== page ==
Port Arthur golf cart crackdown: Councilman says recent argument almost ended in shooting
Port Arthur residents soon could get notifications in water bills, by phone and through other methods reminding them that golf carts and 4-wheelers are not allowed on city streets.
The issue was brought before council Tuesday, as Councilman Cal Jones asked Port Arthur Police Officer Rickey Antoine to explain the law to city staff.
“I’ve gotten so many calls about golf carts and 4-wheelers,” Jones said. “We almost had a shooting between two neighbors over golf carts. Your kids are riding on the streets of the city. We need to let people know it’s not acceptable to let kids 7 and 8 years old driving golf carts.”
Antoine explained to council that, regardless of age, golf carts are not allowed on Port Arthur streets unless within two miles of a golf course and only for the purpose of driving to and from the golf course.
“Port Arthur does not have an ordnance that allows (golf carts) on roadways,” Antoine said. “If we’re seeing golf carts in our communities, they are in violation.”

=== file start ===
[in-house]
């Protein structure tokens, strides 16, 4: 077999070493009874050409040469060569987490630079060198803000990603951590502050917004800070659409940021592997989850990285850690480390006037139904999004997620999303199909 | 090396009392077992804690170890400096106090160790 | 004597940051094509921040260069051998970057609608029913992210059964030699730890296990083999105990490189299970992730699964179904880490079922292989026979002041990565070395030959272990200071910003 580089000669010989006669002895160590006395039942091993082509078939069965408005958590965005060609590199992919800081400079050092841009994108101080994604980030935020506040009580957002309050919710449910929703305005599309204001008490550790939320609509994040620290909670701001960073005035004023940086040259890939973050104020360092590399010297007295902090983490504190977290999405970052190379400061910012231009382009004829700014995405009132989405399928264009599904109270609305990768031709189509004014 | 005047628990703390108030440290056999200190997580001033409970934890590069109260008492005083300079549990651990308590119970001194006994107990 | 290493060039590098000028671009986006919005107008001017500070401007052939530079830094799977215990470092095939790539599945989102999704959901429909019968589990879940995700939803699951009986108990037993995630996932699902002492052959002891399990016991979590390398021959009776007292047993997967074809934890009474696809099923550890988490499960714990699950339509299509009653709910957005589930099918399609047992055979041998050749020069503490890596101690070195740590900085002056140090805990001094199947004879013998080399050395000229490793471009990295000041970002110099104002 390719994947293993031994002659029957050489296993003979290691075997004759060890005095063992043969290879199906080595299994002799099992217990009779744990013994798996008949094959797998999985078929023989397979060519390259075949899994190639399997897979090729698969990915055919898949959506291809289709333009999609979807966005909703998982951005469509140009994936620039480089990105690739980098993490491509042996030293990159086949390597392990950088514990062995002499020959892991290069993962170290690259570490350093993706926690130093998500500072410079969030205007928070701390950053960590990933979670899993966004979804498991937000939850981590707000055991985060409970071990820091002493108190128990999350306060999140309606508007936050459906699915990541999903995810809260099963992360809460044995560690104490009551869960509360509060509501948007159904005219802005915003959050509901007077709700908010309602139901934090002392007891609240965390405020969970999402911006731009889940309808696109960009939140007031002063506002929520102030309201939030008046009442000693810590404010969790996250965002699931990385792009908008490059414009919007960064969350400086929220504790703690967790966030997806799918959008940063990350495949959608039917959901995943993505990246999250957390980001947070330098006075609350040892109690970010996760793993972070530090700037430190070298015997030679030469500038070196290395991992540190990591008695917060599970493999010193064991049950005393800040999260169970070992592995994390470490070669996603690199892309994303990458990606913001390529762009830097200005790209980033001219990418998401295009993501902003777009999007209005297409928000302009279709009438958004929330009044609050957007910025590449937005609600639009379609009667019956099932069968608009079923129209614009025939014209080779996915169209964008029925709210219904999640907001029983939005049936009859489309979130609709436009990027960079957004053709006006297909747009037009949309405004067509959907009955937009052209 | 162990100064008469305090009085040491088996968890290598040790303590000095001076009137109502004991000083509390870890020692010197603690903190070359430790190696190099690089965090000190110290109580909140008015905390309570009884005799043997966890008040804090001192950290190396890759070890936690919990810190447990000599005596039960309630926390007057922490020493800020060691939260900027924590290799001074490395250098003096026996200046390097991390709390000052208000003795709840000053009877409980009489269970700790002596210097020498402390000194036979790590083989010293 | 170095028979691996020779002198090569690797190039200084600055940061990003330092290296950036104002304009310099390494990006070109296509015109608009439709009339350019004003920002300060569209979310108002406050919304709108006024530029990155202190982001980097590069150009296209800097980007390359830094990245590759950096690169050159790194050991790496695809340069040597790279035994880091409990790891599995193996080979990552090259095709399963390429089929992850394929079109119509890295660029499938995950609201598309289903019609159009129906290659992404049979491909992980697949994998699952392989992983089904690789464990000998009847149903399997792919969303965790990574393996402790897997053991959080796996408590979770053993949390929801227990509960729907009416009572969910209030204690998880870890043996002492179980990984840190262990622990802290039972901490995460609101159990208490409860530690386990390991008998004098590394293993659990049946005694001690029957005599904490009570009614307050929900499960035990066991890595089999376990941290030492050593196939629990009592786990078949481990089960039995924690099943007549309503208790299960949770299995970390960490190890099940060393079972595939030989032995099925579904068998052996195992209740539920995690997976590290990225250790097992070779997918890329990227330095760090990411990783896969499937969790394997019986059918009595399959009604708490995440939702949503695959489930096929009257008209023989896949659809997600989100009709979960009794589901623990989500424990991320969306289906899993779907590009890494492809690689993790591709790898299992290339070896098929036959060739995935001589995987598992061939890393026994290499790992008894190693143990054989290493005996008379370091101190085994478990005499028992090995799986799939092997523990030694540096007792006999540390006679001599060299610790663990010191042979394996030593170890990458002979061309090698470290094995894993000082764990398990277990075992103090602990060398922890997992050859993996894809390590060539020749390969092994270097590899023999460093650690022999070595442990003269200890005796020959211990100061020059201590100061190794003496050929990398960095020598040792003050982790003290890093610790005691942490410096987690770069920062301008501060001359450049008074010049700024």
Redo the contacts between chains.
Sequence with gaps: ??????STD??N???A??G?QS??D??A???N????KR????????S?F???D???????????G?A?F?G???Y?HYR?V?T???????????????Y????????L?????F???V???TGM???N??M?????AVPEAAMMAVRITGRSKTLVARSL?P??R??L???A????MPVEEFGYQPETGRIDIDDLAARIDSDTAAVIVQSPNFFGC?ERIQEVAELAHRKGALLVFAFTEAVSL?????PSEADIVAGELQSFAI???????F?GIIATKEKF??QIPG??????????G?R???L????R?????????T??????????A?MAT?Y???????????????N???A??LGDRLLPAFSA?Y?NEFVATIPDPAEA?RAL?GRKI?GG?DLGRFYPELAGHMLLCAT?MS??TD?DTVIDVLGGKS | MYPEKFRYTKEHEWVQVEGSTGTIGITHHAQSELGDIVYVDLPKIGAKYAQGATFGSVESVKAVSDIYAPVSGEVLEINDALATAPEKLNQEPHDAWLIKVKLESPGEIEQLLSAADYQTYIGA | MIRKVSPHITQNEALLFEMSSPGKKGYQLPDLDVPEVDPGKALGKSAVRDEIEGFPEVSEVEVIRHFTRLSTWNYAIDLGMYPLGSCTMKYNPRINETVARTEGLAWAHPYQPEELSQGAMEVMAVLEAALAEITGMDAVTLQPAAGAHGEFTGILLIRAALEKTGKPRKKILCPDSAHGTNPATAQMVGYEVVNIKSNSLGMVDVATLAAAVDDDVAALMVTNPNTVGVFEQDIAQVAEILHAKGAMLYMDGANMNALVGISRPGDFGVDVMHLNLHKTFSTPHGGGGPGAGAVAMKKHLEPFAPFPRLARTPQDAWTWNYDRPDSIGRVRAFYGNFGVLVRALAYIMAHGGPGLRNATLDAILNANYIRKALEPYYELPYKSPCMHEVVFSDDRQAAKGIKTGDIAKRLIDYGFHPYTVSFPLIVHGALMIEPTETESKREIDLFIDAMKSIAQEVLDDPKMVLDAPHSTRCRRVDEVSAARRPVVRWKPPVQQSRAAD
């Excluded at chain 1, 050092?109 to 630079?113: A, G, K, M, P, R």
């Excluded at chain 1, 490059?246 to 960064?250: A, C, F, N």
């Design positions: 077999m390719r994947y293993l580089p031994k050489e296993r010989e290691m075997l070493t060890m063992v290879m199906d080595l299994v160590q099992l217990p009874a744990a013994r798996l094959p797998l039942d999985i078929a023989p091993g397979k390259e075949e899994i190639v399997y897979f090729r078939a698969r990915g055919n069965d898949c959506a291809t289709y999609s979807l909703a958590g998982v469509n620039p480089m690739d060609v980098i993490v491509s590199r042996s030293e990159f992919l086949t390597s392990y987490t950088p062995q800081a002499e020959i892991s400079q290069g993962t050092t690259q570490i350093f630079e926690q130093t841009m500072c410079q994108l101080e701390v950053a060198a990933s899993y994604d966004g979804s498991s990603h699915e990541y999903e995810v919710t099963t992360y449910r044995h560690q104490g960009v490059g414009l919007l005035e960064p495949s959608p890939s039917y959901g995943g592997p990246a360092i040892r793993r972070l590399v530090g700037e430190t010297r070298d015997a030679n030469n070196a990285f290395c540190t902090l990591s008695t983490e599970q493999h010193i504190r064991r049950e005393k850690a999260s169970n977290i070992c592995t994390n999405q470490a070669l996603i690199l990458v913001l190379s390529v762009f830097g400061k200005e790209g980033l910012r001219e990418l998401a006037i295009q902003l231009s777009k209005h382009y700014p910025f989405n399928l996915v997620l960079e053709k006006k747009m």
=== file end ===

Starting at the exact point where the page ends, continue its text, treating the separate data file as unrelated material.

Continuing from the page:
Mayor Thurman Bartie said in some instances, residents may not know because they see golf carts on streets in other cities such as Nederland, Port Neches and Groves.
“Some places like Nederland have an ordinance where golf carts are allowed with certain restrictions,” Antoine said. “But Port Arthur is not one of the communities as of yet that allows that.”
Lack of communication, the officer said, is likely the biggest issue.
“We’re entering summer, where people are going to let the seduction of the sun let them think everything is fine, even though we’re in the midst of this pandemic,” Antoine said. “People are going to go out and get them. They become troublesome because people fly up and down the streets.”
Unlike golf carts, the officer said, 4-wheelers are not permitted on public roads per state law.
“(They) are off-road vehicles. They are not allowed on roadways. They are meant to be driven on grass and dirt, not meant for the roadway. The state won’t issue a permit to allow them on roadways,” Antoine added.
They are allowed on private grass and dirt areas, Antoine said, but not public property or parks.
“Mayor and council, listen to me good,” Jones said. “Someone is going to get killed on these 4-wheelers. God forgive me for saying it, but you can see it coming.”
Bartie and Mayor Pro Tem Charlotte Moses discussed multiple ways the city could educate residents to help stop the problem.
“Maybe we could utilize the government channel and our Facebook page,” Moses said, “possibly even in water bills. There are several different ways to try and get that message out. It’s vital and some people just don’t know.”
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